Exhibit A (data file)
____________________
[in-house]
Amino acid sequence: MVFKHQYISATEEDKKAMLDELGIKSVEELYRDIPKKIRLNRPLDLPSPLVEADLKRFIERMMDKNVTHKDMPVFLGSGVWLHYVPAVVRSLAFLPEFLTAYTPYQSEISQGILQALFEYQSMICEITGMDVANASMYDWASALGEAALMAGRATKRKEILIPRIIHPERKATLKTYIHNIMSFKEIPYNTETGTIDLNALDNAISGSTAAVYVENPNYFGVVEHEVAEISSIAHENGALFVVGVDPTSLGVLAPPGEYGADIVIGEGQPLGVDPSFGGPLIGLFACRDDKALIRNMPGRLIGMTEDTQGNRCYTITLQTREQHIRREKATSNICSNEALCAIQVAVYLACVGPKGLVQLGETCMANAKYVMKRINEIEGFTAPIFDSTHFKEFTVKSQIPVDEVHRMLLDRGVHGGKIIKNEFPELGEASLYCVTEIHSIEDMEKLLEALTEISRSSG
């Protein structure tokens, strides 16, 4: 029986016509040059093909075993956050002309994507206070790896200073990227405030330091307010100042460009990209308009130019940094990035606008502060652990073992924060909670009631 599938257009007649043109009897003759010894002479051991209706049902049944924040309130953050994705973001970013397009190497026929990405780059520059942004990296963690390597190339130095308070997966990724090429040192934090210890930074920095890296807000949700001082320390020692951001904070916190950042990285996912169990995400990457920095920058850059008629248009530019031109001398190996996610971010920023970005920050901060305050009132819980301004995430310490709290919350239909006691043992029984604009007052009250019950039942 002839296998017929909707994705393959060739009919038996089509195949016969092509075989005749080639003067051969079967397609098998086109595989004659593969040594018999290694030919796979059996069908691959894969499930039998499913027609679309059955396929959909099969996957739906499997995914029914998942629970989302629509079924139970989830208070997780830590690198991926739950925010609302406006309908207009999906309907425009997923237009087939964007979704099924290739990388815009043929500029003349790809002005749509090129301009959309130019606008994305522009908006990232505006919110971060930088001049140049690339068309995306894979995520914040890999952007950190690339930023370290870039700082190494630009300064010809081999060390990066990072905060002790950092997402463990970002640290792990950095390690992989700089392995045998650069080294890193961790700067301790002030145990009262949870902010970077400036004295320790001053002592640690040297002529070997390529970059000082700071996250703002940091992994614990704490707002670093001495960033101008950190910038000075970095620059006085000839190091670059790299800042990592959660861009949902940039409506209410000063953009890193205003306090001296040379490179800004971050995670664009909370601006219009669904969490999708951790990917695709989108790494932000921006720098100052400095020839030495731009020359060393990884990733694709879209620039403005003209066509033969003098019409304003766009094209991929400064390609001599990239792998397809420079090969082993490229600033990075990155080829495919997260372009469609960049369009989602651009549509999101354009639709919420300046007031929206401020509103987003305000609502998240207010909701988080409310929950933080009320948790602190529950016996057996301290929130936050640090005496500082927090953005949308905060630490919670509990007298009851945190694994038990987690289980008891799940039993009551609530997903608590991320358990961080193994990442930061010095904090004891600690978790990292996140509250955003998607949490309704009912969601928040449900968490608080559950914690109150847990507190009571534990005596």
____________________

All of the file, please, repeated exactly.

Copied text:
[in-house]
Amino acid sequence: MVFKHQYISATEEDKKAMLDELGIKSVEELYRDIPKKIRLNRPLDLPSPLVEADLKRFIERMMDKNVTHKDMPVFLGSGVWLHYVPAVVRSLAFLPEFLTAYTPYQSEISQGILQALFEYQSMICEITGMDVANASMYDWASALGEAALMAGRATKRKEILIPRIIHPERKATLKTYIHNIMSFKEIPYNTETGTIDLNALDNAISGSTAAVYVENPNYFGVVEHEVAEISSIAHENGALFVVGVDPTSLGVLAPPGEYGADIVIGEGQPLGVDPSFGGPLIGLFACRDDKALIRNMPGRLIGMTEDTQGNRCYTITLQTREQHIRREKATSNICSNEALCAIQVAVYLACVGPKGLVQLGETCMANAKYVMKRINEIEGFTAPIFDSTHFKEFTVKSQIPVDEVHRMLLDRGVHGGKIIKNEFPELGEASLYCVTEIHSIEDMEKLLEALTEISRSSG
């Protein structure tokens, strides 16, 4: 029986016509040059093909075993956050002309994507206070790896200073990227405030330091307010100042460009990209308009130019940094990035606008502060652990073992924060909670009631 599938257009007649043109009897003759010894002479051991209706049902049944924040309130953050994705973001970013397009190497026929990405780059520059942004990296963690390597190339130095308070997966990724090429040192934090210890930074920095890296807000949700001082320390020692951001904070916190950042990285996912169990995400990457920095920058850059008629248009530019031109001398190996996610971010920023970005920050901060305050009132819980301004995430310490709290919350239909006691043992029984604009007052009250019950039942 002839296998017929909707994705393959060739009919038996089509195949016969092509075989005749080639003067051969079967397609098998086109595989004659593969040594018999290694030919796979059996069908691959894969499930039998499913027609679309059955396929959909099969996957739906499997995914029914998942629970989302629509079924139970989830208070997780830590690198991926739950925010609302406006309908207009999906309907425009997923237009087939964007979704099924290739990388815009043929500029003349790809002005749509090129301009959309130019606008994305522009908006990232505006919110971060930088001049140049690339068309995306894979995520914040890999952007950190690339930023370290870039700082190494630009300064010809081999060390990066990072905060002790950092997402463990970002640290792990950095390690992989700089392995045998650069080294890193961790700067301790002030145990009262949870902010970077400036004295320790001053002592640690040297002529070997390529970059000082700071996250703002940091992994614990704490707002670093001495960033101008950190910038000075970095620059006085000839190091670059790299800042990592959660861009949902940039409506209410000063953009890193205003306090001296040379490179800004971050995670664009909370601006219009669904969490999708951790990917695709989108790494932000921006720098100052400095020839030495731009020359060393990884990733694709879209620039403005003209066509033969003098019409304003766009094209991929400064390609001599990239792998397809420079090969082993490229600033990075990155080829495919997260372009469609960049369009989602651009549509999101354009639709919420300046007031929206401020509103987003305000609502998240207010909701988080409310929950933080009320948790602190529950016996057996301290929130936050640090005496500082927090953005949308905060630490919670509990007298009851945190694994038990987690289980008891799940039993009551609530997903608590991320358990961080193994990442930061010095904090004891600690978790990292996140509250955003998607949490309704009912969601928040449900968490608080559950914690109150847990507190009571534990005596």